Wednesday, March 14, 2012

10 Questions with Writer John Black (@JohnBlackWriter)

This Author Spotlight features UK-based writer John Black, author of WORK OF ART (see above).
John has an interesting and varied background, as do many writers, as he says:
I am a writer living in the UK. I was born in Yorkshire but grew up in Lincolnshire. After living in various other parts of the country I am currently back in, as Henry VIII called it, ‘The most brute and beastly of my shires’. (It’s not that bad…)
Avoiding anything as sensible as a career, I’ve tried to do as many jobs as possible that would sound interesting in a writer’s CV. These include postman, night receptionist in a motel, running a market stall, ebay trader and something involving chicken bones and a skip I’d rather not think about, plus a lot of much less interesting sounding jobs in IT.

When not writing I tend to do things like walking, watching films, surfing the Internet, photography and drinking the odd glass of whiskey.

1. How did you get into writing?
Many many years ago I remember throwing a book at a wall because it was so bad (sorry, the title of it has been lost in the mists of time) and I just knew I could do better myself. However I kind of messed around for a while without really producing anything. Doing a post-grad course where I had to do a lot of writing (I had done engineering first time around) was the main spur. I started on non-fiction and comics scripting - and had a few bits and pieces published which encouraged me - before moving on to short stories and eventually starting on novels 

2. What do you like best (or least) about writing?
I’ve heard you can divide writers into those that like to write but hate to edit and those that hate getting the words down but find the rewriting, editing and polishing part a lot easier. I’m one of the latter. Also like the bits before and after the actual writing – the research and shaping of a story before I write and the feeling of accomplishment when I finish something. 

3. What is your writing process? IE do you outline? Do you stick to a daily word or page count, write 7 days a week, etc?
I almost always write from an outline. For a novel that’ll eventually end up a sentence or so for every scene or major plot point. Although this is only ever a guide and I’ll update it as I go along as new ideas will come as I write. I try and write every day but sometimes Real Life intervenes. Each time I sit down to write I go over what I’ve written the previous time(s) and edit/polish it before moving on to new stuff. I’ll usually re-write something several times before I’m happy with - I can never seem to get everything in that I want to first time around.

4. Who are some other writers you read and admire, regardless of whether they are commercially “successful?”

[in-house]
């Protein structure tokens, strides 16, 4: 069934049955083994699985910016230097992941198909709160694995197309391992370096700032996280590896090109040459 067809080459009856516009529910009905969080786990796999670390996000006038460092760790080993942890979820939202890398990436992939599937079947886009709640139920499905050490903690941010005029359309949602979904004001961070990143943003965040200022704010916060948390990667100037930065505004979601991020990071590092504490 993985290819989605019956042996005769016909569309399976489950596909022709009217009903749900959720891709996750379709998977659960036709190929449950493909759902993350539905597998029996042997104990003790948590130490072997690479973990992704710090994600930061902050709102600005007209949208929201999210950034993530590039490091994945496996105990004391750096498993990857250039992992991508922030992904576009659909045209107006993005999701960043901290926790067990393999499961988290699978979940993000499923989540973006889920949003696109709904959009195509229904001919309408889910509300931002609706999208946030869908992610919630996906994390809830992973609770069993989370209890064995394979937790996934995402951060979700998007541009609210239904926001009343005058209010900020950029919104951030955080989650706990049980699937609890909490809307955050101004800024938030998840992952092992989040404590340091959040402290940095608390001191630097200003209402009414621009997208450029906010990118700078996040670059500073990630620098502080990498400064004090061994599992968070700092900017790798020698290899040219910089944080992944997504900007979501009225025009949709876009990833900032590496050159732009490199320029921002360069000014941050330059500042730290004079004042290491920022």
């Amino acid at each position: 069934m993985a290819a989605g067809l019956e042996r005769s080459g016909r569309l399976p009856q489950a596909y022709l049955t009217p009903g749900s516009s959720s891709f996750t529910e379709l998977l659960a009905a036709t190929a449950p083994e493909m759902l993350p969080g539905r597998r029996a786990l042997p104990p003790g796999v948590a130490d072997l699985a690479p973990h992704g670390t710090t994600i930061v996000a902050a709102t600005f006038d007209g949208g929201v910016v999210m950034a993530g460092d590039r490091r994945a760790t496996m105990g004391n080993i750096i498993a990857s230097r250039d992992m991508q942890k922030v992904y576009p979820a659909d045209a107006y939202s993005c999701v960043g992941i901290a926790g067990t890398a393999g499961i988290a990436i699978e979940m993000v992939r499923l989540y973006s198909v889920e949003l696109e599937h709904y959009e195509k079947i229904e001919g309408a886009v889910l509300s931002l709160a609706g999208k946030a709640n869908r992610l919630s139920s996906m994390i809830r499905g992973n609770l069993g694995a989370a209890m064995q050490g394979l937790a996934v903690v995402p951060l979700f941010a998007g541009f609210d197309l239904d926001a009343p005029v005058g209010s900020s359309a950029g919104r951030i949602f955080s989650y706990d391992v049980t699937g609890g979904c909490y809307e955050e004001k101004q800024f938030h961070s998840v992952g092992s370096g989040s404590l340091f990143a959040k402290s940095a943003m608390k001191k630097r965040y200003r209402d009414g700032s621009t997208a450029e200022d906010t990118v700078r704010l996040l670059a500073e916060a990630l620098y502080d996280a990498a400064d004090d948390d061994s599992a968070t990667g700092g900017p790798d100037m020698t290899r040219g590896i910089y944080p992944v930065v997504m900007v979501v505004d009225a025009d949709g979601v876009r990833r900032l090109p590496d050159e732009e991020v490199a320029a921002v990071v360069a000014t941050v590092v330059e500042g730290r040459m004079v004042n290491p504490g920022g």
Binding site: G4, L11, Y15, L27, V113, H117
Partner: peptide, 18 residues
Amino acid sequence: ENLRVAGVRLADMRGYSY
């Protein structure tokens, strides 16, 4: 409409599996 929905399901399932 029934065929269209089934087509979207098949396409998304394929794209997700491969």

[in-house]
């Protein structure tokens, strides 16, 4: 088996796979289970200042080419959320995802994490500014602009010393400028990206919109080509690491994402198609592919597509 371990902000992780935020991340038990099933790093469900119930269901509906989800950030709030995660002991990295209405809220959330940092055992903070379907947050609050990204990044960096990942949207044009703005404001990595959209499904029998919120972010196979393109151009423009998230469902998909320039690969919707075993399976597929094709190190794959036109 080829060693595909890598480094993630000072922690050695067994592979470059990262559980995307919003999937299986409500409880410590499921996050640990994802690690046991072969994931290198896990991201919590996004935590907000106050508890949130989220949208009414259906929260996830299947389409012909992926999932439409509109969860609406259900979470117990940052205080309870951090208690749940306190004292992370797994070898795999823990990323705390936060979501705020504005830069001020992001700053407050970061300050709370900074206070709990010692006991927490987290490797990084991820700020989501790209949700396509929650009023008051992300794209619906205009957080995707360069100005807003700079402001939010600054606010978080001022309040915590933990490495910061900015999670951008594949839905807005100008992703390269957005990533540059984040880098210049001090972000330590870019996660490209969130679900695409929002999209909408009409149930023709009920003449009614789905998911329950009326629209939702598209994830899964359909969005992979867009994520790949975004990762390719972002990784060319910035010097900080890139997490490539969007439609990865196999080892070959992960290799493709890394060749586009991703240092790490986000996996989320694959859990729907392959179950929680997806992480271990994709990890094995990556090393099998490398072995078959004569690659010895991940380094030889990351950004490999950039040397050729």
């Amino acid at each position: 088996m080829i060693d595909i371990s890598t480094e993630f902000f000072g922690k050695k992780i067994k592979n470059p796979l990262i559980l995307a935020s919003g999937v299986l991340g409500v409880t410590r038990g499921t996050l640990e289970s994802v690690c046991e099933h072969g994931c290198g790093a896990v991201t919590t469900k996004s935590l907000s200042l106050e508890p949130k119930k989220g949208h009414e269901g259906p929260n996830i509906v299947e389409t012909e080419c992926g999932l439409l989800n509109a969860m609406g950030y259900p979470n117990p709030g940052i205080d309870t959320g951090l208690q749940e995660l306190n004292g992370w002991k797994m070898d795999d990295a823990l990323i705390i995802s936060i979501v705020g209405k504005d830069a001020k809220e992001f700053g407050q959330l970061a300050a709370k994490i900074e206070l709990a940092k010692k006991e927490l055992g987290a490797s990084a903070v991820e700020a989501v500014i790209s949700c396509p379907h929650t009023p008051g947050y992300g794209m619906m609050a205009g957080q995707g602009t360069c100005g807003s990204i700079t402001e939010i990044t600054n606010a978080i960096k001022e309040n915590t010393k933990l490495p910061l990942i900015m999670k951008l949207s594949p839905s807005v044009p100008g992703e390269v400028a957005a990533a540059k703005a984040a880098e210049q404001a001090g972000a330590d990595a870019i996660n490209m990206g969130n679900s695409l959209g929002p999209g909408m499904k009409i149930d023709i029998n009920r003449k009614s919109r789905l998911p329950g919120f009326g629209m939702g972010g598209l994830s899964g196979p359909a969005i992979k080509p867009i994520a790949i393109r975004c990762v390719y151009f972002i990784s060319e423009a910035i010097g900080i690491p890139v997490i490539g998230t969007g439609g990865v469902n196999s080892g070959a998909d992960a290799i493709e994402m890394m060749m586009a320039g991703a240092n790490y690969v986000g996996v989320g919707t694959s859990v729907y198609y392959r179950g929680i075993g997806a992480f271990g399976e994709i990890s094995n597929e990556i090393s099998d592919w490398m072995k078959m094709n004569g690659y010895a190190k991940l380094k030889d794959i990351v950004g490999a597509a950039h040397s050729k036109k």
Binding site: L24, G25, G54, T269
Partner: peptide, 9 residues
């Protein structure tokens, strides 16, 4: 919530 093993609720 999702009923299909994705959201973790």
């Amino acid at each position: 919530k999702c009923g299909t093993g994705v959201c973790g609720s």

Been a big fan of Iain Banks (and Iain M. Banks) right from when I first read the paperback of The Wasp Factory. Also love the work of Tim Willocks. I like how they both write in fairly mainstream genres but bring a literary sensibility to them. Another fave is Alan Moore who does the same thing with comics / graphic novels.

5. Should the question mark in the above question be inside or outside the quotes?
Outside… and I’d have used single quotes.

6. What’s your stance on the Oxford Comma?
I’ve a wide taste in music but I can’t say I’m really a fan of Vampire Weekend.

7. What is your book Work of Art about and how did it come to fruition?
On the night he was awarded the Turner prize for his art, Jason learned that his fiancĂ©e, and fellow artist Catherine, had killed herself. Worse, it was a suicide pact. She had leapt off a cliff, hand in hand with her secret lover – with a video camera set up to record the event as their final artwork.

Devastated by this, at first Jason contemplates killing himself too. However he finds himself compelled to discover just what Catherine meant by the cryptic comments she made to the camera just before she jumped.

Jason starts on a journey that will take him both across London and back through the memories of his past relationship with Catherine in the hedonist art world of the nineteen-nineties as he unearths the many hidden lives that she has led.

A journey that will end with a shocking conclusion when Jason discovers Catherine’s ultimate artwork.

A dark mystery. A gripping thriller. An erotic romance. A work of art.

Basically I was sitting in a railway station with a terrible hangover and I dreamed up the whole plot of Work of Art to keep myself amused (the whole story is on my blog).

8. What’s your current writing project?
I’m currently writing a crime novel set in Nottingham. Also have a science fiction novel pretty much plotted out that I hope to write later in the year.

9. What book(s) are you currently reading?
Cosa Nostra by John Dickie – it’s a non-fiction book about the Sicilian Mafia that I got for Christmas. It’s more like a history book than the usual lurid true crime. I’ve already got an idea or two for books of my own from it!

10. Who or what inspires your writing?
The fact that, despite it being hard work, I’m much happier writing than not writing.

Finally, is there anything you’d care to add? Please also include where people can read your published stories, buy your book, etc.

Work of Art is available in paperback and ebook formats (Kindle, Nook, ebook, etc) at Amazon, Smashwords and all the other usual places.

Thanks, John, for sharing your story and your novel. Let us know when the Knottingham crime novel is available.

Be sure to visit John's website and purchase a copy of WORK OF ART today.

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